4. Eat in a relaxing environment focusing on enjoying your food.

Preferably with the TV off…

5. Eat slowly.

Eating slowly and chewing your food well will help you to taste and enjoy food with all of your senses (sight, sound smell, touch and taste). When you eat slowly your body is more likely to signal to you when you have had enough food, without eating too much or becoming too full. The brain registers fullness about 20 mins after the stomach is full.

Eating slowly allows your brain to catch up, so you can eat enough for nourishment and pleasure without eating too much.

6. Use positive enhancing thoughts.

Say positive things to yourself every day. When you hear something often enough, you start to believe it. If you happen to catch yourself saying something negative, get into the habit of rephrasing it. Eg. Change “I am…{not doing well/lazy/fat etc }” to “I’m having a thought that I am…{not doing well/lazy/fat etc}”.

7. Show gratitude to your food in the way it nourishes you and provides enjoyment.

The French have it right through their salutation, “Bon Appétit”. And since learning Japanese, the Japanese also have it right, with their word “Itdakimasu”.

8. Don’t view eating and life as a need for perfection, but a process.

Look at the bigger picture. No one day really matters much on its own.

9. Set positive, health related focused goals rather than weight loss related ones.

Rephrasing goals from weight focused to well-being related are positive, achievable and realistic.

Setting goals purely about weight sets you up for failure, as you cannot control how your body responds to the restrictive eating practises of dieting, and how your genes respond, particularly in the long term. Everyone is different. The research shows that weight is regained plus more within a few years.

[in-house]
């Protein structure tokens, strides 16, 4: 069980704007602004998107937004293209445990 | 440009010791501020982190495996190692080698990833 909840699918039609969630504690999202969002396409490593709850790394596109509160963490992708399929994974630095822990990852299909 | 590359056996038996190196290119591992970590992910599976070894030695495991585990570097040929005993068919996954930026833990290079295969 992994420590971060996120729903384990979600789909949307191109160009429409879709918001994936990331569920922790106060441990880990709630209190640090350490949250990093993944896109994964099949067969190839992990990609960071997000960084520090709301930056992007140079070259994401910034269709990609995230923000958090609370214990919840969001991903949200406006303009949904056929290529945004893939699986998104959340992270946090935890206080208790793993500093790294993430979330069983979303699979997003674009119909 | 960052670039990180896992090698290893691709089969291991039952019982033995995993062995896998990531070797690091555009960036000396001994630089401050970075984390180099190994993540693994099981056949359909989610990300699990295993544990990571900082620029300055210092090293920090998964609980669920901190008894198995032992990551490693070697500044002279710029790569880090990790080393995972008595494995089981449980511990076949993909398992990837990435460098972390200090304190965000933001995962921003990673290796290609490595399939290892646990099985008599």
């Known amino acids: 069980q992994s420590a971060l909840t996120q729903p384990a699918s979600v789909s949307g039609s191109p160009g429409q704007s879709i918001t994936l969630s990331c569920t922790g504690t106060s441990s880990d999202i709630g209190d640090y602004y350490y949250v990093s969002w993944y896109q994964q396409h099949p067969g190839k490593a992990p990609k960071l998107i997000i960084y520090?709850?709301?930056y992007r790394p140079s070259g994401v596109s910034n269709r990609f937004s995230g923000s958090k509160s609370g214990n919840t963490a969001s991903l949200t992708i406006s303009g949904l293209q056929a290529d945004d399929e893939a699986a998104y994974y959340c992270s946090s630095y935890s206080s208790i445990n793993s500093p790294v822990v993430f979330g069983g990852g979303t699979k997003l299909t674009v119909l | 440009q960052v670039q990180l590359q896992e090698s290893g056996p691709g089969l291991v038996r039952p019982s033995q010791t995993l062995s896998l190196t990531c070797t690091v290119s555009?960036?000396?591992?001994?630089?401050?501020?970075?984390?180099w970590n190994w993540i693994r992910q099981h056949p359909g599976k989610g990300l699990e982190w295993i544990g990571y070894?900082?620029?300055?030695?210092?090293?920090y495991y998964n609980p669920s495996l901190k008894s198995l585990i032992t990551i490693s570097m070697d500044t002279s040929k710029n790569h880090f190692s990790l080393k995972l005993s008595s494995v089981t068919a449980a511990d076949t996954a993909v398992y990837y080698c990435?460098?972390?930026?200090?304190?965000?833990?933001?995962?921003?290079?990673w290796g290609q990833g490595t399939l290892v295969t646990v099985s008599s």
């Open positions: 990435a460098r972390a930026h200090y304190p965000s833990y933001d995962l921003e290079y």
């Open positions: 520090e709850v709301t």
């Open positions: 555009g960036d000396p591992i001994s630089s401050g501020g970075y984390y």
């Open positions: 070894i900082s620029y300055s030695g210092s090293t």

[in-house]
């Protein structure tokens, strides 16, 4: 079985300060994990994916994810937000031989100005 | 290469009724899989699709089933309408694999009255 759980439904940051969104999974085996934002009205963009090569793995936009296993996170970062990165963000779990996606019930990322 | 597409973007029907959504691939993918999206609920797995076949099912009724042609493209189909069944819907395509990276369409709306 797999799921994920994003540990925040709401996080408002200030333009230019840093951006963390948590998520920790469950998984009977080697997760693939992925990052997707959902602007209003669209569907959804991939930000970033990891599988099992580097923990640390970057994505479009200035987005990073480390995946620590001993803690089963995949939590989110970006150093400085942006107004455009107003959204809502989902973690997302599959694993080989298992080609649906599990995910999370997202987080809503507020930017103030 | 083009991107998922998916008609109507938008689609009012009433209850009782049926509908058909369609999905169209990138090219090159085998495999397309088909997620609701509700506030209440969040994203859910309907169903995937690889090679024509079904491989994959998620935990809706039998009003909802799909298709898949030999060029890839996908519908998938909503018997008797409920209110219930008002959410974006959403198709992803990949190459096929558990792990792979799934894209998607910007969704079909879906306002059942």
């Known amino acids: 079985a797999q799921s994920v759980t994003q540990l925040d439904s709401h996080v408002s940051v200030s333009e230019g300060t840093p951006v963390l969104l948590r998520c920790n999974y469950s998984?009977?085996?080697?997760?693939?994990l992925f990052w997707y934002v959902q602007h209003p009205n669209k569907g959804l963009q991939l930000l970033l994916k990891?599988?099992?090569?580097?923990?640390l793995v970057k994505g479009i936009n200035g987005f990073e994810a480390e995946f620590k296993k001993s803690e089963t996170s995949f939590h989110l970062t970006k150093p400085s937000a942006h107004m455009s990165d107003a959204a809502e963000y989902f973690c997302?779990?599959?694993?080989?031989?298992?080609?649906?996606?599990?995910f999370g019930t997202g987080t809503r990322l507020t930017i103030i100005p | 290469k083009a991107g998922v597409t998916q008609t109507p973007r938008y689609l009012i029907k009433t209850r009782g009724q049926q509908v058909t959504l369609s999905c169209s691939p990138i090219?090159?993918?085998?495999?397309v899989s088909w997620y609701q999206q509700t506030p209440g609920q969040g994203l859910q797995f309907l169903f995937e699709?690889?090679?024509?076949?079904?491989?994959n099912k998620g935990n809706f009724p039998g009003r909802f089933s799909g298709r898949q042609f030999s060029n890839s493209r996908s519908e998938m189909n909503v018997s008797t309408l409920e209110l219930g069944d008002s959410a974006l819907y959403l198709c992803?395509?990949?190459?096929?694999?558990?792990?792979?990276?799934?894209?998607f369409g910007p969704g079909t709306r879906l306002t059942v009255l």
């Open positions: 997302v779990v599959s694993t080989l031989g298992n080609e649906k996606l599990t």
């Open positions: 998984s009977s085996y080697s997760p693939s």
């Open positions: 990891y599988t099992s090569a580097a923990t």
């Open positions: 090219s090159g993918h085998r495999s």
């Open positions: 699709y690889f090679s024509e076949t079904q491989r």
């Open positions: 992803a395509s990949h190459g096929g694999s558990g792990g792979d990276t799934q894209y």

Take care of yourself through eating in moderation, listening to what your body really needs to eat, and being physically active. The weight will take care of itself later.

10. Avoid making body comparisons to others.

Everyone is different and this is what makes a person special. The media do not help with this point. Limit exposure to unhealthy food and body practises. Don’t believe everything you see!

11. Be kind to yourself!

Full stop.

Another word on the kids:

It is important for parents/carers to set their children up for good nutrition practises and self esteem in adulthood, as it overall increases their quality of life and ability to become productive members of society. You are the biggest role model for your kids, but are you the best role model?

*****

For more information about body image visit:

http://www.nedc.com.au/

http://thebutterflyfoundation.org.au

Are there any other behaviours you believe help improve relationships with food? I’d love to hear them in the comments section.